We cannot gather to worship, but we can join in broadcast services, or listen to our leaders and teachers via the internet. We cannot go and see people, but we can be in touch by phone, e-mail, messaging. We have more time spare that we are used to – and can use it well, or badly.

What it will mean to live in the light as Christian disciples? That will vary in detail from person to person. But for all it will be a life sharing with others, probably in new ways, which need exploring. We may self-isolate to avoid the bug, and the problem of others catching it from us, or perhaps having to care for us – but that is physical, not emotional. Don’t lower the portcullis and prepare to resist any who come near!

When we get back to something more like normal, what will the churches have learnt? Will they try for “business as usual”, or will they be glad of having tried new ways of supporting one another, new friends made, new skills learnt? It’s not that the faith has changed, but the times mean that the practice of faith has to adapt. Is the understanding we have gained so far equal to changing, and meeting a new world with the light of Christ?

“No longer for ourselves alone”

Paul wrote a letter to a church he had never visited – and, usefully for us, it sets out the message he preached. That message centres on Jesus, and on the good news that God has acted to rescue humans unable to save themselves. Let me take you through a little of what he says before today’s epistle. Paul claims that at least some of God’s character is clear in creation – but that there has been a general rebellion against God and living his way, and as a result there is guilt. The trouble is, it is not just “them”, it affects “us” too. Those who knew the Old Testament Law – 10 commandments and more – simply knew their failure in more detail. By Romans 3:10 he can say “No one is acceptable to God”, – and that is serious .

So what’s the answer? Clearly not a set of rules, not a greater effort to be perfect. The good news is Jesus, who offers himself as a sacrifice for our sin. The acceptance we cannot earn we can accept as a gift, received by faith. Paul then goes on in chapter 4 to show how this worked out in Abraham. It was, he insists, Abraham’s faith, and not his achievements, that made him God’s friend and won his place in Jewish and Christian history.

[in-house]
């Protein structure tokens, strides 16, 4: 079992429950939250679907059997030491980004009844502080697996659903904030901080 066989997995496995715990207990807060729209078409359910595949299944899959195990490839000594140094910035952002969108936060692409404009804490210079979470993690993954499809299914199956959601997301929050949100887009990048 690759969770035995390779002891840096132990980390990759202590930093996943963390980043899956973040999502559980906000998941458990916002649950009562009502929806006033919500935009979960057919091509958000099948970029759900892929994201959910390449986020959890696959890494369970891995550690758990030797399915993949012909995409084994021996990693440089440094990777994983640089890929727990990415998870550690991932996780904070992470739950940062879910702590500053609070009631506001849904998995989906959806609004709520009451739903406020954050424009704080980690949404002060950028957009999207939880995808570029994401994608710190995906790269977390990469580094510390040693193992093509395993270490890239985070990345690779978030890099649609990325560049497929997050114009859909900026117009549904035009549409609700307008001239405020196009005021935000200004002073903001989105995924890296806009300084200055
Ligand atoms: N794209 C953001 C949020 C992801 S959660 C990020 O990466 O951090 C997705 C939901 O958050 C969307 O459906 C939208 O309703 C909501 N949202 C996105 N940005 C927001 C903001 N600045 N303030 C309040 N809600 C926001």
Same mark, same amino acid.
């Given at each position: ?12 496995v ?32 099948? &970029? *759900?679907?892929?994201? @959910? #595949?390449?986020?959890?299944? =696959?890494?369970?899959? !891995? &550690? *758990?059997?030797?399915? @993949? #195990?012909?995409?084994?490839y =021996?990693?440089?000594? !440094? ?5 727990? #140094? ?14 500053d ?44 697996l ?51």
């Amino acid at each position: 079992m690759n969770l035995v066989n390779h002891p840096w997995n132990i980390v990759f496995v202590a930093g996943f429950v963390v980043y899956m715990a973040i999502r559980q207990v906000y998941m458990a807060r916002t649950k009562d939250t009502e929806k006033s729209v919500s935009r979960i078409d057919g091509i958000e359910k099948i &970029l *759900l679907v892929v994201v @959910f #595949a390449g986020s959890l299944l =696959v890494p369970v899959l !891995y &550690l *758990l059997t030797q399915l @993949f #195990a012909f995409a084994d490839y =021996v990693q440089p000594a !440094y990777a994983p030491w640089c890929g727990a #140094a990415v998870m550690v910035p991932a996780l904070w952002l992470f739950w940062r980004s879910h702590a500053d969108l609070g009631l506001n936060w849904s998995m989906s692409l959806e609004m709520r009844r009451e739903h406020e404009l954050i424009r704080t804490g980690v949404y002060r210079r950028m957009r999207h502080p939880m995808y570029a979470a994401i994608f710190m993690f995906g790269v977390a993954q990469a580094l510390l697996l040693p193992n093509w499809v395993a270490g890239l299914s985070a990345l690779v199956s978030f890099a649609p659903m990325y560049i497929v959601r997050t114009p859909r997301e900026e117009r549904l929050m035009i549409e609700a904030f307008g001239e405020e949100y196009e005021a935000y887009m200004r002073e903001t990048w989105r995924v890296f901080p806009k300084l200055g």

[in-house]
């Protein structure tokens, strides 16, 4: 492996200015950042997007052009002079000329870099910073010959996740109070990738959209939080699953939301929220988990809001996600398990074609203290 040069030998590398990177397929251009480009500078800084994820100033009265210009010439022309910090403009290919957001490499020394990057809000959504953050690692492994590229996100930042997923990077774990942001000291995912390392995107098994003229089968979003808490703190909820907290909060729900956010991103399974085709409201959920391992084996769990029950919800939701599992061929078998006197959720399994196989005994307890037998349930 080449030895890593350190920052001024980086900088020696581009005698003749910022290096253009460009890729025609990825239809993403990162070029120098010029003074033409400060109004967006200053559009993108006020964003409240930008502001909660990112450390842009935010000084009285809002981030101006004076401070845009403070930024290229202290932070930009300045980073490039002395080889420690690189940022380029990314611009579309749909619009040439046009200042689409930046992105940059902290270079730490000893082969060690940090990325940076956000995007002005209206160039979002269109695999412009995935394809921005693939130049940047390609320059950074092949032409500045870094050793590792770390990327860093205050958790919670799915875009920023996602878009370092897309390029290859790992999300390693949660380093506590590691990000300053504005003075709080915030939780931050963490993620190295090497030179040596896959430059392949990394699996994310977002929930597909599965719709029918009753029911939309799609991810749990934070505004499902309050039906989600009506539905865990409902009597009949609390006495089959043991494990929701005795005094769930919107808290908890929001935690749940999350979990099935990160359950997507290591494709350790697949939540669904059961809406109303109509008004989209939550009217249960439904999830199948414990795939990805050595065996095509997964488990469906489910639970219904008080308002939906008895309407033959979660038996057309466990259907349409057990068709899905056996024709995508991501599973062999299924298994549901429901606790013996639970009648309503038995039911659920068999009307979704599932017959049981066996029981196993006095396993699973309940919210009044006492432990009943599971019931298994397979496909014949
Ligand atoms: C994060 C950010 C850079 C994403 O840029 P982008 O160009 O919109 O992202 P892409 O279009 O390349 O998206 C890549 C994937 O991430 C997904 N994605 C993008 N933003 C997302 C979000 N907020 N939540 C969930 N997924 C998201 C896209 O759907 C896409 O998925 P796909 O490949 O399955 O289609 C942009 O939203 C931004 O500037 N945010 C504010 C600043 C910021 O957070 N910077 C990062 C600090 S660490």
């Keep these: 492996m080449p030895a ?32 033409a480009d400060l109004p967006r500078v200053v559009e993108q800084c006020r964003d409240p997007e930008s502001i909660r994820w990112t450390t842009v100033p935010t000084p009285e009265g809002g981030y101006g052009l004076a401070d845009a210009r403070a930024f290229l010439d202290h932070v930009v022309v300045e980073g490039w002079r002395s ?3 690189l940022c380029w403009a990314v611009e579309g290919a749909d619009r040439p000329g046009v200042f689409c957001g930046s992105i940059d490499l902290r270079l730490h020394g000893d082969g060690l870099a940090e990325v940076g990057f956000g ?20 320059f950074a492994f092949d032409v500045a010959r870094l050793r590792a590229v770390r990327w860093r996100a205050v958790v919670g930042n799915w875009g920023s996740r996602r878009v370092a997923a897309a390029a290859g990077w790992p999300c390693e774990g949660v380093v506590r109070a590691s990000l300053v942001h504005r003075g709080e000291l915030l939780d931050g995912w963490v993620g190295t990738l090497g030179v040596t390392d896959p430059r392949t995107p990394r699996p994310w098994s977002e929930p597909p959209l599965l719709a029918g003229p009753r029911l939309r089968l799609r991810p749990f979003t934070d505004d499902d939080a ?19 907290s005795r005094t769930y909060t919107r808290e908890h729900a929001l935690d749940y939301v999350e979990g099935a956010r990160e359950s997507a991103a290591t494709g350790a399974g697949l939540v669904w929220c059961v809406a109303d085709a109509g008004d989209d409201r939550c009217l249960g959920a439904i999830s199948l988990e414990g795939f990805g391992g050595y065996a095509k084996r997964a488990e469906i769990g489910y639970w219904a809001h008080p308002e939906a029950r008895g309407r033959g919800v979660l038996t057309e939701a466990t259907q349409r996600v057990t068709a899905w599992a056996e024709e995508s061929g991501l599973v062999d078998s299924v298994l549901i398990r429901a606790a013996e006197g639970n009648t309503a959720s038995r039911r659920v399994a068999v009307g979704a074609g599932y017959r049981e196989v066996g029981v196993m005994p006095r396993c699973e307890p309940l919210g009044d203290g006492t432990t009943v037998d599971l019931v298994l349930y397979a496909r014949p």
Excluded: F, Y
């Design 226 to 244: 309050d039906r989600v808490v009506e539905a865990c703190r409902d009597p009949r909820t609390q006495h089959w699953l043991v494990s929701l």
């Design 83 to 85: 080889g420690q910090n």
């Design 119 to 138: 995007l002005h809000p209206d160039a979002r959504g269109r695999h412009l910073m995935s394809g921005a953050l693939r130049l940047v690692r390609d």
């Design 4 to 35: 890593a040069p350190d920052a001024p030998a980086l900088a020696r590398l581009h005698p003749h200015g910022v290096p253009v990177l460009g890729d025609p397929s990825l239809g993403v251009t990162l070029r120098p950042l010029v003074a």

So we come to chapter 5, and today’s epistle (we read Romans 5:1-11 ). Faith in Jesus, trust in his sacrifice for us, bring us reconciliation to God. It doesn’t mean we shall have an easy life – in fact it can bring persecution and suffering – but even then we shall have hope. When we think that Jesus died for those who were his enemies, we see something of God’s love.

This is not widely understood in our culture (perhaps not in any culture). Many people seem to think “Don’t worry about sin, it doesn’t matter, God won’t make a fuss!” But it does matter, and it separates us from a just and holy God. The answer is not forgetfulness, nor greater effort to be perfect – the answer is the sacrifice of Jesus, a gift we accept by faith. God does for us what we cannot do.

So what does a Christian life look like in these terms? Let me pass on a story:

Disillusioned with the view of God she had been taught, Karema began searching for spiritual answers as a young graduate. The wonder of God humbling himself and coming into the world as a man, sharing our experiences and pain, was crucial in Karema’s journey of accepting Christ as her Saviour. 

When her community learned of her belief in Christ, Karema realised she was in danger and fled her home country. She is now ministering to Syrian refugees in Lebanon, meeting practical needs and teaching the Bible to those hungry for spiritual truth, as she was once herself. 

Karema shared her story. She says, “They asked ‘Why are you so kind to us, what is behind this?’ so we explained how Jesus had put in our hearts to go and help the strangers.”

That sort of story is challenging to us, but I think it rightly understands the gospel. In the Thanksgiving prayer at the eucharist (Church in Wales, Lent) we say: “By Jesus’ grace, we are able to triumph over every evil, and to live no longer for ourselves alone, but for him who died for us and rose again.” It was living “no longer for herself alone” that raised the questions Karema answered with the story of Jesus.

Take the tablets?

What brings us into relationship with God? How do we connect, and eventually get to heaven? There have been, and still are, a great many answers. Some refuse to believe it is possible – yet the interest in the “spiritual” continues. Some rely on drugs or mind-altering techniques – but that lacks reality, and permanence (though the damage can be lasting!). Some insist that matters of the spirit mean getting away from the material, by changing your view of reality through fasting, meditation, chanting etc . .